Foods for Calming Dogs

by Adrienne Farricelli, Demand Media Google
    Calming foods may contribute to a good night's sleep.

    Calming foods may contribute to a good night's sleep.

    While you won't find Scruffy fixing himself a cup of chamomile tea before going to bed, you can help soothe his nerves with some calming foods. These foods may have specific stress-reducing properties or may contain ingredients known for taking the edge off, allowing your pooch some relaxation.

    Low Carbohydrate Diet

    Just as children may get a sugar rush from living on a diet of Kool-Aid and M&M's, your dog may become hyperactive and hypersensitive from being fed a bad diet. The culprit seems to be the high carbohydrate levels found in many commercial dog foods that act like sugar, causing bouts of excessive energy lasting for about two hours after being ingested. When pet owners switch from a high-carbohydrate diet to a low-carbohydrate and high-protein diet, they start noticing less anxiety-based behavior according to behavior consultant and trainer Casey Lomonaco.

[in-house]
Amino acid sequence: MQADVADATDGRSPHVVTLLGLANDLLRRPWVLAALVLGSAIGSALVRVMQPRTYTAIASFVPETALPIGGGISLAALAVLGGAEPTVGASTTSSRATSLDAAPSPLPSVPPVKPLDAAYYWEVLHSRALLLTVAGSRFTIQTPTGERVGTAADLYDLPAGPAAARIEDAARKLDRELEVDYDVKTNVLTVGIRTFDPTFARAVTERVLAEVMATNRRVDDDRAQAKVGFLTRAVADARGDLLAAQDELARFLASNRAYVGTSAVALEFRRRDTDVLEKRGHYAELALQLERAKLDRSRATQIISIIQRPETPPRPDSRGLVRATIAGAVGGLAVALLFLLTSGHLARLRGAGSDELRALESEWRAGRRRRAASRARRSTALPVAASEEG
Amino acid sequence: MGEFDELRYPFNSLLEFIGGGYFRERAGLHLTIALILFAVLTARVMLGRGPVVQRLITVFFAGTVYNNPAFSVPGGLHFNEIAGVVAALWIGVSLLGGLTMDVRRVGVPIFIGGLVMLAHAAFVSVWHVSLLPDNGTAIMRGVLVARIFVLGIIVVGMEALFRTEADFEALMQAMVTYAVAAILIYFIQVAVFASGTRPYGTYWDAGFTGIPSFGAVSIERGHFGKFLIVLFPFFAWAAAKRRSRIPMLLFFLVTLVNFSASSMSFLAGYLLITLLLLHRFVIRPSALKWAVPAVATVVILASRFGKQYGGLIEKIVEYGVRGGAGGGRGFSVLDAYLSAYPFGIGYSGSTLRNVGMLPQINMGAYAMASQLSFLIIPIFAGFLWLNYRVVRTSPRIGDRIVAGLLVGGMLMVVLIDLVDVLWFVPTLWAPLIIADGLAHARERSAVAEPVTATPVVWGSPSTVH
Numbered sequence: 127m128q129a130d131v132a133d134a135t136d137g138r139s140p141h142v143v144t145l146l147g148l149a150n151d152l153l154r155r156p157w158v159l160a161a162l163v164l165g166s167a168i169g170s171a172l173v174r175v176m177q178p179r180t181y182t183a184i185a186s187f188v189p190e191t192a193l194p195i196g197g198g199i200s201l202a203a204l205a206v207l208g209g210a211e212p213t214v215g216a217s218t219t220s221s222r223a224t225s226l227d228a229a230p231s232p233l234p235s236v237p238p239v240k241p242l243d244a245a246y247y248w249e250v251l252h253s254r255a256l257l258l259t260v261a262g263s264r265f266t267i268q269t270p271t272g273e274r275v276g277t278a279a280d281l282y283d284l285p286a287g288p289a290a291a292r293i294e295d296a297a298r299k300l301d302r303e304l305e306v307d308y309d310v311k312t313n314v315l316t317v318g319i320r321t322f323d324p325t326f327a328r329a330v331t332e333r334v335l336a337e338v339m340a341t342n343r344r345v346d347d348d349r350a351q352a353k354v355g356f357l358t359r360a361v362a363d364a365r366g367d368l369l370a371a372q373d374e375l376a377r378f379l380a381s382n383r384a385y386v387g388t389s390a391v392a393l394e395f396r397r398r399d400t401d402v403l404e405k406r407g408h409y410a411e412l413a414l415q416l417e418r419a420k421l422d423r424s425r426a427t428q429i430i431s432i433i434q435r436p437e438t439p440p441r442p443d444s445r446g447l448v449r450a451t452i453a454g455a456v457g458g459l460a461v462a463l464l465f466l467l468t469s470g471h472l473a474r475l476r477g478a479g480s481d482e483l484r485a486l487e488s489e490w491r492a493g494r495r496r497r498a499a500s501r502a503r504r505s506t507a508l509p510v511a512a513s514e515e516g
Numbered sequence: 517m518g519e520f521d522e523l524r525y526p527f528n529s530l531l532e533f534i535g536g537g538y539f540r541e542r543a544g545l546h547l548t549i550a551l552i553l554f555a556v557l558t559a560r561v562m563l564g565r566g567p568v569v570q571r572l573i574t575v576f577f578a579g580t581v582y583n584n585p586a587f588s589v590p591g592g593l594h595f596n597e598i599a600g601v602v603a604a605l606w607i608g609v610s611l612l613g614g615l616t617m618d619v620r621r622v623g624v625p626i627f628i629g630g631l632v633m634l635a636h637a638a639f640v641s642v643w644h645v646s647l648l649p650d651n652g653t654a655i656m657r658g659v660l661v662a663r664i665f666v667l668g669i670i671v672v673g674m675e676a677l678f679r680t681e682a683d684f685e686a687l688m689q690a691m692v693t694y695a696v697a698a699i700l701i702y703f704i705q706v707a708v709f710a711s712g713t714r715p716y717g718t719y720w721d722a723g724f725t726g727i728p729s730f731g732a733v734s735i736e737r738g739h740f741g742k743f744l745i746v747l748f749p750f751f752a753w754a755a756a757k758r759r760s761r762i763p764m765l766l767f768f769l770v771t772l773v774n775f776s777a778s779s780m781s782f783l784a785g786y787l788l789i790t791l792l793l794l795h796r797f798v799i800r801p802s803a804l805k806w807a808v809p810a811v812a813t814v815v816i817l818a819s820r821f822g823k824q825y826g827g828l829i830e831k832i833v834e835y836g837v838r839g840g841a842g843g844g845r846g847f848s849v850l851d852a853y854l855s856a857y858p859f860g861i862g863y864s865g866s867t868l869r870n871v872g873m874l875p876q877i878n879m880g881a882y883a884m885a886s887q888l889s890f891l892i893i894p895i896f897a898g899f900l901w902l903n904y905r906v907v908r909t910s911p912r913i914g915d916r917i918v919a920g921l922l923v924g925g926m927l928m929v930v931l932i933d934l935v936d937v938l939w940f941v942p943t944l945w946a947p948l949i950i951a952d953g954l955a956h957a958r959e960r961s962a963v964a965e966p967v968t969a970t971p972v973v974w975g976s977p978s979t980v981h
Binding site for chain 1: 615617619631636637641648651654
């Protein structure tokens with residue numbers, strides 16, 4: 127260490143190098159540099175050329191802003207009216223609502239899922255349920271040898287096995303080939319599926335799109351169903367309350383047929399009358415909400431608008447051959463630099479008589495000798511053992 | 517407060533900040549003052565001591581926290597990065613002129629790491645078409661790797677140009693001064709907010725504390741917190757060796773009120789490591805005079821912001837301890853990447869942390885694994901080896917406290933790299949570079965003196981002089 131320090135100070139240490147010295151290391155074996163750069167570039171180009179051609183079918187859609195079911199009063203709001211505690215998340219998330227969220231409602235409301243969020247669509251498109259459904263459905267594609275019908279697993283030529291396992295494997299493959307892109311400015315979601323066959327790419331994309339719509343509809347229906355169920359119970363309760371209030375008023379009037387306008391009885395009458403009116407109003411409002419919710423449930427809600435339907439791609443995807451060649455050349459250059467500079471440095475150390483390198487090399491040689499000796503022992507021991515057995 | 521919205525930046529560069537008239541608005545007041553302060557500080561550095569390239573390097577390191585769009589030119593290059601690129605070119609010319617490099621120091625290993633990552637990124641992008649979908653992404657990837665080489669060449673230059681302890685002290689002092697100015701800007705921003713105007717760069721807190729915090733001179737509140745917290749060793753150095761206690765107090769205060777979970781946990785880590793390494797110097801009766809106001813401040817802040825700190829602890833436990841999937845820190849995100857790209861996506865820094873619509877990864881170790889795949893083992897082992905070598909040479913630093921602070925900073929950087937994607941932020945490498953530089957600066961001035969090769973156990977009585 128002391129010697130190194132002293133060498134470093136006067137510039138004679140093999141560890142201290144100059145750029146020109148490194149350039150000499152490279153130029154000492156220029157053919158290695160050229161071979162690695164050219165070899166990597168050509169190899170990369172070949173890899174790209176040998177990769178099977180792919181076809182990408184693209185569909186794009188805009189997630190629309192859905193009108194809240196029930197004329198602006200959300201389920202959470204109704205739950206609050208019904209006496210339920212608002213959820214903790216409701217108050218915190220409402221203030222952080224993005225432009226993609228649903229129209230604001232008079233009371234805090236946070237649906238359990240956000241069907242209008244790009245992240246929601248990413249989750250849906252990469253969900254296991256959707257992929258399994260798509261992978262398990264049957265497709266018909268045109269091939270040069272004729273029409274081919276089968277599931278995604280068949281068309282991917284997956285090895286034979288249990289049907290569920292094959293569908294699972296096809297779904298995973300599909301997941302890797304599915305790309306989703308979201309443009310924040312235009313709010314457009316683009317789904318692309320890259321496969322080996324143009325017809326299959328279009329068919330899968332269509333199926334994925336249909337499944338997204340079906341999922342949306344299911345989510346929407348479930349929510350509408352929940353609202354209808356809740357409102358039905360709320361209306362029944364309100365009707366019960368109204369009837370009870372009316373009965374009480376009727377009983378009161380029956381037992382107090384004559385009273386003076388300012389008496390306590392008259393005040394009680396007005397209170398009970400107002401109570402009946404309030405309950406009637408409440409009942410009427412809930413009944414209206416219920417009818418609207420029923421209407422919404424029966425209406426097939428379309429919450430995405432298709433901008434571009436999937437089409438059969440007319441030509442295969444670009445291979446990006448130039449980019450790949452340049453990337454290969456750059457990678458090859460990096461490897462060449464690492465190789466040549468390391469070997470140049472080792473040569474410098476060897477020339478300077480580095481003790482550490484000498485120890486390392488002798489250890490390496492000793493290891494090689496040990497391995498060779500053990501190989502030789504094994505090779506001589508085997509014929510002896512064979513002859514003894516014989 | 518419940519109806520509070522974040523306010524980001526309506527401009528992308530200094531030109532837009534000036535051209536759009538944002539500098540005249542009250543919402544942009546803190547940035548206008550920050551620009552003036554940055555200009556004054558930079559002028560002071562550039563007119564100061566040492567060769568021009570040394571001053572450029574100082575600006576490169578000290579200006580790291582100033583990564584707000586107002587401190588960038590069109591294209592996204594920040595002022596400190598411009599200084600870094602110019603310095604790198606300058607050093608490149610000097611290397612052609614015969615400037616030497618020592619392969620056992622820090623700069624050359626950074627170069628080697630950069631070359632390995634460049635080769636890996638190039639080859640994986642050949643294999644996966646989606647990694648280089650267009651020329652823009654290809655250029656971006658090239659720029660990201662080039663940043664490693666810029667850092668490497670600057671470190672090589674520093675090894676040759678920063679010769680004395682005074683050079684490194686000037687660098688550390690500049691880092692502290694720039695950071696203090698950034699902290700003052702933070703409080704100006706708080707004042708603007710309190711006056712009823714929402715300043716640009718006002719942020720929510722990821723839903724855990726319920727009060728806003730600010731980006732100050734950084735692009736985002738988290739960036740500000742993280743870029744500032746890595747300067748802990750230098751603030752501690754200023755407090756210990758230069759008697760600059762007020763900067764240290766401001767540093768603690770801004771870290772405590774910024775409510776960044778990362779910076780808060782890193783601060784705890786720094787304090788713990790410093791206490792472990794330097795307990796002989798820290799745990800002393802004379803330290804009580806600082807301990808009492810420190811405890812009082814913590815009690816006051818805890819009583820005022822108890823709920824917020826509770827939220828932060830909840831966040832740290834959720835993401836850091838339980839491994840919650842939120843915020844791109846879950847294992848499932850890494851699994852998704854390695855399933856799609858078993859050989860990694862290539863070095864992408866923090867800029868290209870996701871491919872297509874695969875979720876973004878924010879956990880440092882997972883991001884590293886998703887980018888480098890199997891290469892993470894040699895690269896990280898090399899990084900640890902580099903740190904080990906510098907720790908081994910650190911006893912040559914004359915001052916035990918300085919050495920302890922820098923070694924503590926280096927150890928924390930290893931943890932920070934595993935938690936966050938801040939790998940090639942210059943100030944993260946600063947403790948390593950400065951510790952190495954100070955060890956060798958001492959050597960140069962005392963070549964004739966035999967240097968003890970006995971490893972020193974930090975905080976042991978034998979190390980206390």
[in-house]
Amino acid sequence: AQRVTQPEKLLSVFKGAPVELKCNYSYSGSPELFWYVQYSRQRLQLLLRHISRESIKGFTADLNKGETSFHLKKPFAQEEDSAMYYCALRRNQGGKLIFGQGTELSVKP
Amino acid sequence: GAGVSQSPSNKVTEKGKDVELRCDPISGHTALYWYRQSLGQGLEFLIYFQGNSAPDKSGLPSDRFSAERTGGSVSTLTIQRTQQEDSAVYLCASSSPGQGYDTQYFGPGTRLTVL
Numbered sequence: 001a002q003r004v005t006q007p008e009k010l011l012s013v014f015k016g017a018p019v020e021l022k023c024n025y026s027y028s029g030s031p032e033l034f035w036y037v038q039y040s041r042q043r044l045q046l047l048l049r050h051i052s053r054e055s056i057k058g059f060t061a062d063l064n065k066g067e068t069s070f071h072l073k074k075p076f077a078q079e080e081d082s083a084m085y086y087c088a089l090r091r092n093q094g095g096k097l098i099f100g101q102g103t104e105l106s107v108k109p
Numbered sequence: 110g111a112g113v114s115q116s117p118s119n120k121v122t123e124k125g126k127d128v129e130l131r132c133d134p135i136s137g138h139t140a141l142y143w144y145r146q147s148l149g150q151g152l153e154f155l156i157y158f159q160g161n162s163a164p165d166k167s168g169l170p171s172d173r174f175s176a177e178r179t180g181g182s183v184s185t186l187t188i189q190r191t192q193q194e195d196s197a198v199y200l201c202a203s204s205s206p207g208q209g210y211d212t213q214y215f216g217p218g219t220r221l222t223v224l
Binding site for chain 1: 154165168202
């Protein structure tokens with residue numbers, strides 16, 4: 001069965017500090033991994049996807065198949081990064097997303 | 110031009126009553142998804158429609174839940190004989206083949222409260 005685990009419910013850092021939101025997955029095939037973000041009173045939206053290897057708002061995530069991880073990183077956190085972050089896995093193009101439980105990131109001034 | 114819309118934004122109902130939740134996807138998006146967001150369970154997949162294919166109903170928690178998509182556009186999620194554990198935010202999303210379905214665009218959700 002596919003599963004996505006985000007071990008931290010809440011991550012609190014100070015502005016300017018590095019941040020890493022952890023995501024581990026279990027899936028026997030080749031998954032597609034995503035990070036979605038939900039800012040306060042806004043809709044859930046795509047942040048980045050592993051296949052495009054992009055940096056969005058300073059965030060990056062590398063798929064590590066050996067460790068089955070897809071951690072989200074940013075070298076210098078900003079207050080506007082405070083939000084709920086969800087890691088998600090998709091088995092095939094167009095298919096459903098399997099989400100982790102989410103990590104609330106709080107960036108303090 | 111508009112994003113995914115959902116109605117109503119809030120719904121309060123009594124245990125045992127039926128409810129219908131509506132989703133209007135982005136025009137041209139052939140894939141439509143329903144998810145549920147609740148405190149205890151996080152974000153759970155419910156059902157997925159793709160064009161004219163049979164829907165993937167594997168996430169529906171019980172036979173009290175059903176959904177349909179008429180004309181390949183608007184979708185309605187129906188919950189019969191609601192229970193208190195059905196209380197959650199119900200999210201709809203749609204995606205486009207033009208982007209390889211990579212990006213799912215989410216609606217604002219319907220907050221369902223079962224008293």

L-Tryptophan Treats

    Is your dog ready for a session of doggie Zen? L-tryptophan is an amino acid responsible for increasing the levels of serotonin, a chemical responsible for generating general feelings of happiness while reducing impulsivity and aggression, according to veterinary behaviorist Nicholas Dodman. Several companies produce lines of calming treats and cookies that contain sources of tryptophan such as organic pumpkin extract and oats.

    L-Theanine Chews

    L-Theanine is an amino acid found in the leaves of green tea; it's known for producing a relaxing effect in dogs. If brewing is not your dog's cup of tea, you may be happy to learn that there are several chews and treats on the market already supplemented with this calming nutritional supplement.

    Herbal Cookies

    If you are looking for a treat with natural herbs, consider ones with chamomile. Cookies supplemented with chamomile and lavender will help sooth a reactive Rover. If your dog gets easily stressed out during such events as car drives, you can try to soak a treat in chamomile tea and give it before the long drive, according to Natural Dog Health Remedies.

    About the Author

    Adrienne Farricelli has been a writer since 2005, serving as an editor, steward and writer for several online publications. She brings expertise in canine topics, previously working with the American Animal Hospital Association and receiving certification as a dog trainer from the Certification Council for Professional Dog Trainers. Farricelli offers reward-based training and behavior consults at Rover's Ranch Home Boarding and Training.

    Photo Credits

    • Ryan McVay/Photodisc/Getty Images